Old Media Isn’t Dead; They’ve Just Lost Control

Old media is dying.  Old media is dead.  Old media this, and old media that.  If there’s one thing for certain, the whole media world is changing.  The old media giants (newspapers, television, et. al.) are continually trying to play catch up with the new media blogs and websites.  Burdened by their offline world payrolls and overhead, they just can’t compete with the abundance of free sites that have little to no overhead.  Which has lead many to posit that they are dead or dying.

They aren’t.  They’ve just lost control.

Almost all of the gateways to legitimate news creation have been opened up.  No longer is a degree in journalism, or a great reference necessary to write and publish your side of a story, or a commentary on the latest news.  No longer do you need to depend on the subscription model to make your income, and you surely don’t need to have a network of paperboys and newsstands to depend on for distribution.  You simply have to turn the lights on your site and start reporting.

If you’re old media, those things were the cornerstones for their business model.  It was difficult, both monetarily and professionally to start a new competitor.  It took money to buy the presses or the cameras.  And it took some sort of professional background to be considered reputable.

They’ve lost control.  And they’re frantically trying to find a way to make the old model work in the new model world.  What they will soon need to realize is that the new model is only distantly related to the old model that they’ve been using.  The old model can’t be modified, twisted, and reused to adapt to the new model world.

We may see a few of the old giants fall before it all gets sorted out, but many will eventually figure it out.  Already, we’re seeing some of the old model companies purchasing the new model companies.  They’re trying to regain control and maintain their dominance on the field.  And it just might work.  After all, if you buy up all the biggest new model competitors, you’ll get a step in the right direction.  The only problem is that every time that one of the larger new model competitors gets gobbled up, there are hundreds more scrambling to fill any void left behind.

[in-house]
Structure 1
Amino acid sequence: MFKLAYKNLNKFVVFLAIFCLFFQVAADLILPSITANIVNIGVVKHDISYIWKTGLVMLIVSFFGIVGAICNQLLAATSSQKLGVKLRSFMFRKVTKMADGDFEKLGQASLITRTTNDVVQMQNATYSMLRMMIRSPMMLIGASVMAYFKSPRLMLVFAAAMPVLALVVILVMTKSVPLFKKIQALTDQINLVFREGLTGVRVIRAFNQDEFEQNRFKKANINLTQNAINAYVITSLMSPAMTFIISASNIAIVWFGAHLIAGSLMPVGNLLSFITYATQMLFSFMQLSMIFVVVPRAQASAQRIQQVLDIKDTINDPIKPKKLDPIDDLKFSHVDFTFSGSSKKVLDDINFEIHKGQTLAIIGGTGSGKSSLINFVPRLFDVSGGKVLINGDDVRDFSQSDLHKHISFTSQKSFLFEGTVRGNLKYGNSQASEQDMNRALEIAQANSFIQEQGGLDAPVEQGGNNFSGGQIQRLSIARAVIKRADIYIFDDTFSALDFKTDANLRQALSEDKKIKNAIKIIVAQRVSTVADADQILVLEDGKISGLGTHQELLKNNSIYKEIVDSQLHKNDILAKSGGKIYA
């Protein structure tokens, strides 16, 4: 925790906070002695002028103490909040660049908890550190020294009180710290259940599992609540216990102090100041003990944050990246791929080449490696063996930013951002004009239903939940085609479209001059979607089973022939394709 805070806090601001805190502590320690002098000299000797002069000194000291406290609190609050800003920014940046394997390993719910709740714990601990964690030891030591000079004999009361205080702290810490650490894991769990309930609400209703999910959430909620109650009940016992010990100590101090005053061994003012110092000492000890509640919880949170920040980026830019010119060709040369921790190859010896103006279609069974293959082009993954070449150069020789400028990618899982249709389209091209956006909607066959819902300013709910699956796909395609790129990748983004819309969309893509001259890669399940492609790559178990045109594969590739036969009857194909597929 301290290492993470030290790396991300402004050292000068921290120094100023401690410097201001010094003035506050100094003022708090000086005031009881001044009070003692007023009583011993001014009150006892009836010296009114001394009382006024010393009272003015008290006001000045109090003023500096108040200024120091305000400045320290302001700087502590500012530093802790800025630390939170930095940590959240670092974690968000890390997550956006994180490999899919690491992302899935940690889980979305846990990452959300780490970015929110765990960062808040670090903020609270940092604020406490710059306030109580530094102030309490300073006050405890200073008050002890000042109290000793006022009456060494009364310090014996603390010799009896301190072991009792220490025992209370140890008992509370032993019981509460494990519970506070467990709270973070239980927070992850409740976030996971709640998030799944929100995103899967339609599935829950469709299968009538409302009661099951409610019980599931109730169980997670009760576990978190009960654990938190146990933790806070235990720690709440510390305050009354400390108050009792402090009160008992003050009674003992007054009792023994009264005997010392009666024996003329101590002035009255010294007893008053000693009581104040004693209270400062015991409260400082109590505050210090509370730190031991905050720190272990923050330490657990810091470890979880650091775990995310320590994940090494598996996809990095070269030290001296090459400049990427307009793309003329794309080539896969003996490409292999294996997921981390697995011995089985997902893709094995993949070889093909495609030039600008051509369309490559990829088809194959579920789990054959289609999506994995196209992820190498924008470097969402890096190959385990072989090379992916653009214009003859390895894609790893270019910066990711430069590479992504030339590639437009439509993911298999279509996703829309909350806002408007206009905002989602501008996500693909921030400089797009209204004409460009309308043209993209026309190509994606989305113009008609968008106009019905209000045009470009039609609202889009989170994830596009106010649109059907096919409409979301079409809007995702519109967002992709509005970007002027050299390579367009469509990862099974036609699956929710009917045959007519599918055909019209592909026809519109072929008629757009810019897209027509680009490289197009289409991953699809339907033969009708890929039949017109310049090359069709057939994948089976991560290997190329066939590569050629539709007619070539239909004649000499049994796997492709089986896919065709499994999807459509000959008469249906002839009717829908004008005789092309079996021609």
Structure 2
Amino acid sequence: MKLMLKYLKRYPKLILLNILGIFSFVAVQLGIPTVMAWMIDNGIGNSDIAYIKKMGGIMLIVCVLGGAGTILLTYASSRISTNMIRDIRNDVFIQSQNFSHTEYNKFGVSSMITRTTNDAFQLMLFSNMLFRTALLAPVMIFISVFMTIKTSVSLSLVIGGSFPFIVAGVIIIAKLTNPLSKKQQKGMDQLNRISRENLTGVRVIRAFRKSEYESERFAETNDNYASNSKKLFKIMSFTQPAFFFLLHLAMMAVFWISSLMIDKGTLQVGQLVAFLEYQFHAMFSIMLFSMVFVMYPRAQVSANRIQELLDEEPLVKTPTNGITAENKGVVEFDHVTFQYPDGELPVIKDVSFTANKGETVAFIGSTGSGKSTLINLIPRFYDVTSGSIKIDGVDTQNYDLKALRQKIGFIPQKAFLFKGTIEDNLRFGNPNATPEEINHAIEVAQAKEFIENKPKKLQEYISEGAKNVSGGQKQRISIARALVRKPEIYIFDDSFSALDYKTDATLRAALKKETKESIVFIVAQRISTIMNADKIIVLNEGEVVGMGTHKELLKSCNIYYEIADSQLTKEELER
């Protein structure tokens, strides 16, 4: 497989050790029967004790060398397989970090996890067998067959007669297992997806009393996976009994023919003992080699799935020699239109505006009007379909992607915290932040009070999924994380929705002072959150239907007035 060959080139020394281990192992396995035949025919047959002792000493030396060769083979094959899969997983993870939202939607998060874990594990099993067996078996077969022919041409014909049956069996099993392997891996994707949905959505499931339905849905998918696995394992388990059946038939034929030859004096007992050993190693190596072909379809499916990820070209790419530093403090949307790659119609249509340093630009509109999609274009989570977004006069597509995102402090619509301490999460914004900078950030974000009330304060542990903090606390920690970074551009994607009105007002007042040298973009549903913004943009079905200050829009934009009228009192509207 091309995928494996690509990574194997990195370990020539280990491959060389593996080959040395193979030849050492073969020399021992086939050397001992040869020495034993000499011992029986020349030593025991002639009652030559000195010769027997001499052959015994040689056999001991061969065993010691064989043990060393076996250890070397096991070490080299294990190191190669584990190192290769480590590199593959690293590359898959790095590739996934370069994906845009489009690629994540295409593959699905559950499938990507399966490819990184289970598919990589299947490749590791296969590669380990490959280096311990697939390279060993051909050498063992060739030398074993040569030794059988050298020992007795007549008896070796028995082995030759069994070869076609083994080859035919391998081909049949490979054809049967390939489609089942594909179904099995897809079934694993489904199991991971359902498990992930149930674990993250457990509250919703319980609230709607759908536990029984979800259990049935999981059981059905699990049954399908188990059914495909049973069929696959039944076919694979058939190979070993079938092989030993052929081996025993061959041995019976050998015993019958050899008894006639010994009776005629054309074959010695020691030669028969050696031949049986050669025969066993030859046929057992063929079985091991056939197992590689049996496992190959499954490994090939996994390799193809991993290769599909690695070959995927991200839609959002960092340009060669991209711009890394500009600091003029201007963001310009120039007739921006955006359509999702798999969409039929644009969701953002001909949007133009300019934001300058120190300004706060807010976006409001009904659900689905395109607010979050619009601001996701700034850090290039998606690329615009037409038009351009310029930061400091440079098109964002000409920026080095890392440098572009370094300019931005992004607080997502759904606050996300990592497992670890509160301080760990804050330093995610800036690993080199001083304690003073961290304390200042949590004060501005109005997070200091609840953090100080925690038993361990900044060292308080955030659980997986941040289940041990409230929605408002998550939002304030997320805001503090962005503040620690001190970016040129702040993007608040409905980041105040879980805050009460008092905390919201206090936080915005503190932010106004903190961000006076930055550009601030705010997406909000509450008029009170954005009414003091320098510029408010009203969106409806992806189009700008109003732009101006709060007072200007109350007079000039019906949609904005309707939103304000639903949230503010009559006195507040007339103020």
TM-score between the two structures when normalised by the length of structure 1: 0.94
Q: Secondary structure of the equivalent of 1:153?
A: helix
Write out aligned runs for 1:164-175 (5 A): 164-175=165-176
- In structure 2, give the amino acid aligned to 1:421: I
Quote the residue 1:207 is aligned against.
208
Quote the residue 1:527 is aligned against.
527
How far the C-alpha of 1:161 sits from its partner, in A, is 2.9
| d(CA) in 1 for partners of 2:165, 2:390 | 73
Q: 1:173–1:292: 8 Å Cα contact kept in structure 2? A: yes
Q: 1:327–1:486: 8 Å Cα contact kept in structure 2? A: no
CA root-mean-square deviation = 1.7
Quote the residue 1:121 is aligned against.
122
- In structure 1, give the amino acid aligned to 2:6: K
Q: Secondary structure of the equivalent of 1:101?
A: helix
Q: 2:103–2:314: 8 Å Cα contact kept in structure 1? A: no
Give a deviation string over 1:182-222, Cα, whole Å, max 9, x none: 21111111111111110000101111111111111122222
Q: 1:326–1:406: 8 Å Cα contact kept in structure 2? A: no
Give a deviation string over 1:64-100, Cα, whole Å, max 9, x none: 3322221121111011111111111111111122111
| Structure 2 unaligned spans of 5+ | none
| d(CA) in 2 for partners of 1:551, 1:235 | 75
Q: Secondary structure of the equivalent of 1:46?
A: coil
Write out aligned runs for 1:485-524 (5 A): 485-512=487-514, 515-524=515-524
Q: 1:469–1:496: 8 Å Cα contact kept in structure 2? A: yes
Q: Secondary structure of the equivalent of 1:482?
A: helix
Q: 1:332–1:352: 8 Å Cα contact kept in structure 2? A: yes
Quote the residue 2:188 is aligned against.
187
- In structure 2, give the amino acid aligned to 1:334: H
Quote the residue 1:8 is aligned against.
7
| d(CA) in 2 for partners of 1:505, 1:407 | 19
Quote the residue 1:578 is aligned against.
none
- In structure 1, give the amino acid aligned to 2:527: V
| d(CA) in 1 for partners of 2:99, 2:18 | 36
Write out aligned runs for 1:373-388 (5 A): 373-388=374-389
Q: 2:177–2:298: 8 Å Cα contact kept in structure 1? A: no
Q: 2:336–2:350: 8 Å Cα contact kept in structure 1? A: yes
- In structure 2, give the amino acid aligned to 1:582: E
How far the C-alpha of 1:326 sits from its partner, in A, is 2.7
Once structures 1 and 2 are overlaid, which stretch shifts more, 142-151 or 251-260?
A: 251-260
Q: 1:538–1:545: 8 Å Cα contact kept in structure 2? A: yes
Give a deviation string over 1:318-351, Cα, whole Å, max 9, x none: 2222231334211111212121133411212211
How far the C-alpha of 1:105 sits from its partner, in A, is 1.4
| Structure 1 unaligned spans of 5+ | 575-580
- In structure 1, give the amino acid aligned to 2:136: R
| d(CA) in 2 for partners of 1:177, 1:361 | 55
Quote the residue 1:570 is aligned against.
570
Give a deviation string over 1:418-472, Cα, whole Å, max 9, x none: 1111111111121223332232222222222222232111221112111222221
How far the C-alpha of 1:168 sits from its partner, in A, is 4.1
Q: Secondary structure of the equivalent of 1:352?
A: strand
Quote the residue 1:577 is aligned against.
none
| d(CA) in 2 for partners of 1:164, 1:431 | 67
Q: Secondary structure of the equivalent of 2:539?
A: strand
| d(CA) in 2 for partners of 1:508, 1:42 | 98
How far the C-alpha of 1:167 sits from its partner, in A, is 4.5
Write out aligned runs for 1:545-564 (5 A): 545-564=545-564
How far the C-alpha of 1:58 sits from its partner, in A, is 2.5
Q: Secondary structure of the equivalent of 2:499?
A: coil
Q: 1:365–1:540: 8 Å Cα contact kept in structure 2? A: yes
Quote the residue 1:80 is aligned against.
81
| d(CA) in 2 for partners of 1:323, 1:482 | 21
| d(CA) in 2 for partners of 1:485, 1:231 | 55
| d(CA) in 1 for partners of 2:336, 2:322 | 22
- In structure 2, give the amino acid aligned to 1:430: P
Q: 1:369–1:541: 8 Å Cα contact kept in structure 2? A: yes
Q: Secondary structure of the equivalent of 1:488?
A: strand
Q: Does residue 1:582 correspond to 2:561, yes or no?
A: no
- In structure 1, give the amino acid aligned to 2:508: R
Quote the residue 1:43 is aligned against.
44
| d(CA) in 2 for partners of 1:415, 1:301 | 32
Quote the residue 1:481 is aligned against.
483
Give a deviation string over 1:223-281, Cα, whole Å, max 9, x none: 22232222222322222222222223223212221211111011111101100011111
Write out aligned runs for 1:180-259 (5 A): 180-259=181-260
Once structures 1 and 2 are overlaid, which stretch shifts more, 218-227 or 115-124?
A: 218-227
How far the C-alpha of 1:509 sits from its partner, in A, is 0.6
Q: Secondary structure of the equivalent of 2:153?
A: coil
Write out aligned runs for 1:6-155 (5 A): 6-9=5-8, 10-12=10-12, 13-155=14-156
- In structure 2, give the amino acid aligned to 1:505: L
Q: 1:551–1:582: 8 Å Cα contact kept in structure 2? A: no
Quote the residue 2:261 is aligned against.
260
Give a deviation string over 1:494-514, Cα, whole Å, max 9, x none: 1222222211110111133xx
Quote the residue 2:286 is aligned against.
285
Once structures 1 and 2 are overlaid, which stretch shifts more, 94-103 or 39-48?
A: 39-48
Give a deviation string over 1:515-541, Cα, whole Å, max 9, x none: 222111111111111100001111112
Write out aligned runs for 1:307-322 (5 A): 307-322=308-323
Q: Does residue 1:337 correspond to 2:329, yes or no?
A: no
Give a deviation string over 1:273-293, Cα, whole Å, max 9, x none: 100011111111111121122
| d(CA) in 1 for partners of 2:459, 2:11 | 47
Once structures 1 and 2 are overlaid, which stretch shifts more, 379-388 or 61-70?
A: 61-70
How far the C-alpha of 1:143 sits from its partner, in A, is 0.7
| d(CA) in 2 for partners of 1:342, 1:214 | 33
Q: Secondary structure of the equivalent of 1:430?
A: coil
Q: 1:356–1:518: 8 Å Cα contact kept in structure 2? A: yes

Better Blogging According to Jake

My friend Jake has been getting back on the horse with his blogging.  He’s made some changes to his workflow (which I might have him convinced to share with us here) and has done a really good job of becoming a regular poster.

Jake wrote an article entitled Better Blogging today and I thought that it was worth sharing.  Here’s a few snippets.

There are a number of sites that can help people blog better and make more of their blogs.  One of the best ways to improving my own blogs has been watching other bloggers and learning from their suggestions.  ProBlogger and CopyBlogger are must reads if you are trying to develop your blog.  Also, if there is a particular niche you decide to blog about, make sure to subscribe and follow what they are writing about.  Not only will you occasionally get ideas  on what to write about, but you will be able to interact with those existing communities.

Excellent advice.  There’s a nice subscribe button just at the top of the right sidebar here.  😉

Last tip on blogging I have for this post is – keep trying.  If you are trying to develop a blog and something isn’t working for you, try something else.  Just keep trying.  Ask other bloggers for advice.  It might not work for you, but it very well might give you an idea of what will.

Exactly.  This site in particular has gone through several evolutions (and is always ripe for another) and so is a perfect example of why you should keep trying.  Thatedeguy.com might not be a success on the order of some of the big guys, but it makes me money and gives me an outlet for my writings.  That is enough to keep me trying for a while longer.

One thing that I would add, that while not necessarily missing from Jake’s post isn’t made obvious, is to be passionate about your blogging.  Not every blog or website you do has to be on a topic that you’re passionate about, but I think you’ll find that the ones that are do much better in the long run than those that are on topics that you aren’t passionate about.

Another that I would add is to not be afraid to make money with your blog or because of your blog.  There’s nothing spammy or shameful about making money from what you do.  Some of the best bloggers around are making money from or because of their blogs.

There’s plenty more to Jake’s post, so you should go and read the rest.

7 Blogs You Should be Reading